The halls of the Mayanot Institute of Jewish Studies in Jerusalem buzz with youthful energy as young men in their late teens and 20s rush between classes, clutching notebooks, Talmuds and other Jewish texts.

Among them is Shlomo Lichtenberg, an 85-year-old retired chemist who is spending 10 days soaking up the advanced Jewish education he never received as a child in Buenos Aires, Argentina.

“Shlomo is as energetic and ‘with it’ as the rest of the students here,” says his study partner, 21-year-old Zalmy Goldberg, a student mentor (shaliach) originally from the Crown Heights neighborhood of Brooklyn, N.Y. “We all enjoy having him here with us, showing us that it’s really never too late to do something good.”

Lichtenberg’s story begins in Bucharest, Rumania, where he was born in 1929. Together with his family, he relocated to Argentina as a child. “My Jewish education was very limited,” he recalls. “I spent one year studying with a Russian-born teacher in preparation for my bar mitzvah—and that was it.”

After training as a chemist, he left for Israel in 1955. There, he learned Hebrew and then promptly enlisted in the fledgling Israeli army. After his discharge, he went on work in a large government firm, where he eventually met his American-born wife and fellow chemist, Jacqueline. The two married in 1966 and relocated to New York—to be closer to aging relatives—a year later, just before the outbreak of the Six-Day War in June of 1967.

Putting on tefillin
Putting on tefillin

For the next 35 years, the couple lived in Monsey, N.Y., where they raised their two daughters (one is now a psychologist; the other recently retired from the U.S. Air Force). During that time, Jaqueline Lichtenberg also published a number of science-fiction novels.

In 2002, the Lichtenbergs moved to Chandler, Ariz., where they met Rabbi Mendy and Shterna Deitsch, co-directors of Chabad of the East Valley there.

There, they purchased a house close to what became the Pollack Chabad Center for Jewish Life, which Lichtenberg proudly describes as “the most beautiful synagogue in the world.” Until that became a reality in late 2013,he attended services at the Deitsch residence, and later in a rented storefront, at times walking five miles to attend on Shabbat.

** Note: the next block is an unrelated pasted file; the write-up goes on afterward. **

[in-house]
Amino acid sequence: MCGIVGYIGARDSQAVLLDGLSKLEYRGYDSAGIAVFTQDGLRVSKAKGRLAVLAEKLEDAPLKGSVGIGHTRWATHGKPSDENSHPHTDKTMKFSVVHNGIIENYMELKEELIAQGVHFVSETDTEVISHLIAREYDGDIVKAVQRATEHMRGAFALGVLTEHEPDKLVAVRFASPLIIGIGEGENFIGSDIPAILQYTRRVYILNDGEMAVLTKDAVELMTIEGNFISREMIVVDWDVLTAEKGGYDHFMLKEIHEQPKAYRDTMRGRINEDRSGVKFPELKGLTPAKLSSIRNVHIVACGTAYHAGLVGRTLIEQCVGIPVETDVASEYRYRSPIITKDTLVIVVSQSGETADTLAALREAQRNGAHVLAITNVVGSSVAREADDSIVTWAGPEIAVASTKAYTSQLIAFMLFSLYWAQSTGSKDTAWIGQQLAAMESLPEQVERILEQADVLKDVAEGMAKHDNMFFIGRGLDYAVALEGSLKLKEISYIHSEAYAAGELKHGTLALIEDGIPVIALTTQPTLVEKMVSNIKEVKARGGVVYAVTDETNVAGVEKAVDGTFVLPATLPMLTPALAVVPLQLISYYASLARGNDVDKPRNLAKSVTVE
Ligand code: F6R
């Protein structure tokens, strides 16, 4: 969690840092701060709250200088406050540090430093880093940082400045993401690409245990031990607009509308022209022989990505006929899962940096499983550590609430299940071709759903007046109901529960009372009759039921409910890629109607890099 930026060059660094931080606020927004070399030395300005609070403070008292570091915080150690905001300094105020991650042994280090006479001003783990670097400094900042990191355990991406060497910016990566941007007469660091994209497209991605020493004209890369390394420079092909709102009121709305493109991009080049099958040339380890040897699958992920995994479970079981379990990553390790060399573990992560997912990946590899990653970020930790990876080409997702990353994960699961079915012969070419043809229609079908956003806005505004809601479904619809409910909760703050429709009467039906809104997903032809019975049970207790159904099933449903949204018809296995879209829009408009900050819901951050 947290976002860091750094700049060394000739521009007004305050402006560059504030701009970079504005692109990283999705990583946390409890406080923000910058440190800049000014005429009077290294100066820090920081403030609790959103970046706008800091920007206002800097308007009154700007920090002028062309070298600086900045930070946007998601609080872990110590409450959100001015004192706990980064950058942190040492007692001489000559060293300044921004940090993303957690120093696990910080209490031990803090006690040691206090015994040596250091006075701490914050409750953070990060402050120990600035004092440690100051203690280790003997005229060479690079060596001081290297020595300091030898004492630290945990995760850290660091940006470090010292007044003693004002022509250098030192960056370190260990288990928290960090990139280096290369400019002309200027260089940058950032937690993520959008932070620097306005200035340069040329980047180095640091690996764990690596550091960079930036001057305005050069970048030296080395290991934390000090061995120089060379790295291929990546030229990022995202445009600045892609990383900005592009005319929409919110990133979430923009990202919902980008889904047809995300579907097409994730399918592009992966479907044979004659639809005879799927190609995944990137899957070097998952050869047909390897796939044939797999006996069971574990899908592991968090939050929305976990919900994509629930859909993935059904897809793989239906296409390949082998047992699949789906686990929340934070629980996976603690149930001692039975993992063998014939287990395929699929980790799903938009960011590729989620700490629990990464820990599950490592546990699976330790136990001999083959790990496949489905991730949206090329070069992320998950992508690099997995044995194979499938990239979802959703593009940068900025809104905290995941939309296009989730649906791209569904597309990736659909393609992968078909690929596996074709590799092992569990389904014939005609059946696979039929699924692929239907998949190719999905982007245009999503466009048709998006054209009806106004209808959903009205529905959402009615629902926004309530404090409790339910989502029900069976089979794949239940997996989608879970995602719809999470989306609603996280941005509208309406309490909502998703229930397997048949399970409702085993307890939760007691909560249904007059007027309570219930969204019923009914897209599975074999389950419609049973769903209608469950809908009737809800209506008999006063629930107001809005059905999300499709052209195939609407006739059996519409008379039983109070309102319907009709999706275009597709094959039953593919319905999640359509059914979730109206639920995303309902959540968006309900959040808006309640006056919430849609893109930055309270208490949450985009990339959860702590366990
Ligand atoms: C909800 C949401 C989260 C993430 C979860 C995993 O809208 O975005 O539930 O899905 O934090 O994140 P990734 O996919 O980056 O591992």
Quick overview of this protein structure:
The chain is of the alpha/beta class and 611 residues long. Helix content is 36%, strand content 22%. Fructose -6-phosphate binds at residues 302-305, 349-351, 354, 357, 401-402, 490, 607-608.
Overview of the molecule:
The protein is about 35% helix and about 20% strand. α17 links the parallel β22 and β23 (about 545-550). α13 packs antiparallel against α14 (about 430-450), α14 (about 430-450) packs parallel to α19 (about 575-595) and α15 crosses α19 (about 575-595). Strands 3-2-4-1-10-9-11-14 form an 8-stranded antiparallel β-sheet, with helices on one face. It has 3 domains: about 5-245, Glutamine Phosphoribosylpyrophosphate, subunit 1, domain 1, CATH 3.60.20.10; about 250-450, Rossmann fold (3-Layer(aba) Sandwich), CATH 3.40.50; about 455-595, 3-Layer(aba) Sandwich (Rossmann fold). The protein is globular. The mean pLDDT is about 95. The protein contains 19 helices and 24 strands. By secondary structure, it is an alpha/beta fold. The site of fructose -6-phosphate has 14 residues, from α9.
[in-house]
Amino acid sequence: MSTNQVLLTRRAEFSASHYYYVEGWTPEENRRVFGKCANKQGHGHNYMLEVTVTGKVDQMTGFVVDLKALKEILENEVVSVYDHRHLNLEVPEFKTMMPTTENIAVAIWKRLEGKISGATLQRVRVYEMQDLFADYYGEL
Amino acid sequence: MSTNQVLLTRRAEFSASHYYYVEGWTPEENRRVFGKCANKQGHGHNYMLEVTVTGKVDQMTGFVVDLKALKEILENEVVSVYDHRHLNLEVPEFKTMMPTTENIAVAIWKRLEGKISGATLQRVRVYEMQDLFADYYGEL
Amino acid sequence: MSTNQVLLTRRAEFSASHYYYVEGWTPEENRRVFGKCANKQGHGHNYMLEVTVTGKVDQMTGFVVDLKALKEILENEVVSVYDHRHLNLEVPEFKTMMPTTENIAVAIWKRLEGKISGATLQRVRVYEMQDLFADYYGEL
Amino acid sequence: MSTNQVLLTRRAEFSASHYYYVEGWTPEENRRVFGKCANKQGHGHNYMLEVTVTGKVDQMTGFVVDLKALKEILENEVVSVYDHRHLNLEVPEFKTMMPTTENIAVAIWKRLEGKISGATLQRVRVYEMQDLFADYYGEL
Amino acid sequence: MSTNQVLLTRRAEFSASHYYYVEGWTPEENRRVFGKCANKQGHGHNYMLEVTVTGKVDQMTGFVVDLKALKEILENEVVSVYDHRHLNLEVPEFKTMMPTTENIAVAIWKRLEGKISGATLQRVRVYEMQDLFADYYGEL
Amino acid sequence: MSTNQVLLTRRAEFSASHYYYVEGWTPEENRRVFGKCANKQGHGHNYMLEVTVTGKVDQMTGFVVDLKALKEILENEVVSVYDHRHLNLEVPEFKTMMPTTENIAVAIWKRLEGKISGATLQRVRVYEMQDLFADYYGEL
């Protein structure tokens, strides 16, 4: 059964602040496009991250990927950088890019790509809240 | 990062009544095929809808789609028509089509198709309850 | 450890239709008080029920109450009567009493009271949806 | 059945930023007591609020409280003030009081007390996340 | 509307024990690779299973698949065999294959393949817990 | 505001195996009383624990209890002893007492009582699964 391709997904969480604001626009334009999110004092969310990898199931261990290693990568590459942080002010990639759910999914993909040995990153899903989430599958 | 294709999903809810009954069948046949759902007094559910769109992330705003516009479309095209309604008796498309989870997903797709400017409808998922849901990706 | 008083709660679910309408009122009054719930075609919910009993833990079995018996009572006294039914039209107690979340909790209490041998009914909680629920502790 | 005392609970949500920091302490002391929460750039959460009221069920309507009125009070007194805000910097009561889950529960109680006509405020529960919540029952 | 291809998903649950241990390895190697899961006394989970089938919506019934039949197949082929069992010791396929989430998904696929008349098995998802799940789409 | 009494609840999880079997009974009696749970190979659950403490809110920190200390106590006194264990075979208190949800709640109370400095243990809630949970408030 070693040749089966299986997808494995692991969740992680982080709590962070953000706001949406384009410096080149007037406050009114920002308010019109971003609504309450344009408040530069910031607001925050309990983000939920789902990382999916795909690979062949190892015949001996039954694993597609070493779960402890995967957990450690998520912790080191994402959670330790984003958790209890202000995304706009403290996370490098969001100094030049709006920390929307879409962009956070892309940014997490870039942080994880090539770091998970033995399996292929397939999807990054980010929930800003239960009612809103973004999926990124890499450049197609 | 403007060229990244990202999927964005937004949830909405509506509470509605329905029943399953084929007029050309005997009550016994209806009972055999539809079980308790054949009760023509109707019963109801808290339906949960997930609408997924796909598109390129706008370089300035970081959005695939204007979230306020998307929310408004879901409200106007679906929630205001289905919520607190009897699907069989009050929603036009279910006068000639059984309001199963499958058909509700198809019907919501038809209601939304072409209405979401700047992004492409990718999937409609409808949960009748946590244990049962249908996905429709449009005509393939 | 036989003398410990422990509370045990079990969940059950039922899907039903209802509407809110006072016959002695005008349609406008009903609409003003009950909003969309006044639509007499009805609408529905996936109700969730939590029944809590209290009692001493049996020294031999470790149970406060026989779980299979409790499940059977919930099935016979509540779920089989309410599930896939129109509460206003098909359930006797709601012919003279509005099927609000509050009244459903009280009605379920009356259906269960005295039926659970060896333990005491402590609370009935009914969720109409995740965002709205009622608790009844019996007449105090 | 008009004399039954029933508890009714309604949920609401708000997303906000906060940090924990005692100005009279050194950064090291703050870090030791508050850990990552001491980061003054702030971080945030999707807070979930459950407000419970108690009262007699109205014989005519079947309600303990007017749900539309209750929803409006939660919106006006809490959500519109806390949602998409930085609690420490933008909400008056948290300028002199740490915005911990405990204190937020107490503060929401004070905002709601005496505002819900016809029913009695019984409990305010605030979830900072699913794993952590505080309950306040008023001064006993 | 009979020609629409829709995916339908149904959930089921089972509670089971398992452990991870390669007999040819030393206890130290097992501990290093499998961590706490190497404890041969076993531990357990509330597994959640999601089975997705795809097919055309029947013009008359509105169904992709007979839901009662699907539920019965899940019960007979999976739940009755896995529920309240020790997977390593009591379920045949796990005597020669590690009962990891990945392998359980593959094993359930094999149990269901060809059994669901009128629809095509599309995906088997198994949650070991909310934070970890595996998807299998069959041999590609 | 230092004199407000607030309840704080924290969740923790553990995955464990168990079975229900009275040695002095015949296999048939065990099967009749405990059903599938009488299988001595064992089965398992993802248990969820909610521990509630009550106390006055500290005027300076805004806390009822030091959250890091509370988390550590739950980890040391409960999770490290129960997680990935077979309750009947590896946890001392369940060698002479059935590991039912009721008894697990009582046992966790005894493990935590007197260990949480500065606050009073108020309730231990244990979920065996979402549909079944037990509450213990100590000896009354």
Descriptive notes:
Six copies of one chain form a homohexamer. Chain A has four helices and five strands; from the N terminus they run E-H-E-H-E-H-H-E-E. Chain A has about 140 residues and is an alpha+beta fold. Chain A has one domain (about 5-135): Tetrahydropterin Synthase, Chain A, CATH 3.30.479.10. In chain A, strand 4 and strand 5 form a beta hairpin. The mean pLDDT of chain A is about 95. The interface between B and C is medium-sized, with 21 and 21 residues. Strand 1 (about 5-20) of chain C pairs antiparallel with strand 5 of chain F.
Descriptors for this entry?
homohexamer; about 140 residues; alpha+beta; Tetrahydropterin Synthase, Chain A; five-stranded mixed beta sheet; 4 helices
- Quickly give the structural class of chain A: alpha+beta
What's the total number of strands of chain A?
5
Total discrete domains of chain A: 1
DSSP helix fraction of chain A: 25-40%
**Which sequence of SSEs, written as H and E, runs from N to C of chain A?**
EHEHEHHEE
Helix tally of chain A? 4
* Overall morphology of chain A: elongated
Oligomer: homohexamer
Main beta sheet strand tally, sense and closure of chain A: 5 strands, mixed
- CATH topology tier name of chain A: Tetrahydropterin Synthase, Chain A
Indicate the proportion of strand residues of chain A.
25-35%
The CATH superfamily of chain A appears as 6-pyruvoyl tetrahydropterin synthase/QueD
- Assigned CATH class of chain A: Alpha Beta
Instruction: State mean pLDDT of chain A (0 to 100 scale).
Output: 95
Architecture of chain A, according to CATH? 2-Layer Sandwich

‘Ignited a Spark’

In 2012, wishing to visit relatives in Israel but unable to travel around on his own, Lichtenberg arranged to meet up with a friend from Chabad who was a student at Mayanot in Jerusalem and who agreed to help him around the country.

The experience of seeing the Mayanot students busy learning things he never had a chance to learn when he was their age “ignited a spark in me,” says the octogenarian.

With his 21-year-old study partner and student mentor, Zalmy Goldberg
With his 21-year-old study partner and student mentor, Zalmy Goldberg

“The following Simchat Torah, Rabbi Deitsch asked everyone to set a spiritual goal for the coming year. I said I would learn at Mayanot. The rabbi was bewildered and suggested that maybe I should attend a program that caters to seniors, but I said, ‘Only Mayanot!’ Everyone was so surprised, but I was the most surprised of them all.”

After making arrangements with Rabbi Shlomo Gestetner, director of Mayanot’s Executive Learning Program, Lichtenberg flew to Israel and is currently deeply immersed in Torah learning.

When asked about the stamina needed to keep a rigorous yeshivah schedule that entails learning from early morning to deep into the evening, he explains: “I grew up with anti-Semitism in Argentina, but I was never afraid of a challenge, and that is how I am alive now at 85. Everybody asks how I am so energetic, and I reply that I have a young soul and am connected to G‑d.”

Learning in class
Learning in class
At prayer
At prayer
With a new friend and fellow Torah student
With a new friend and fellow Torah student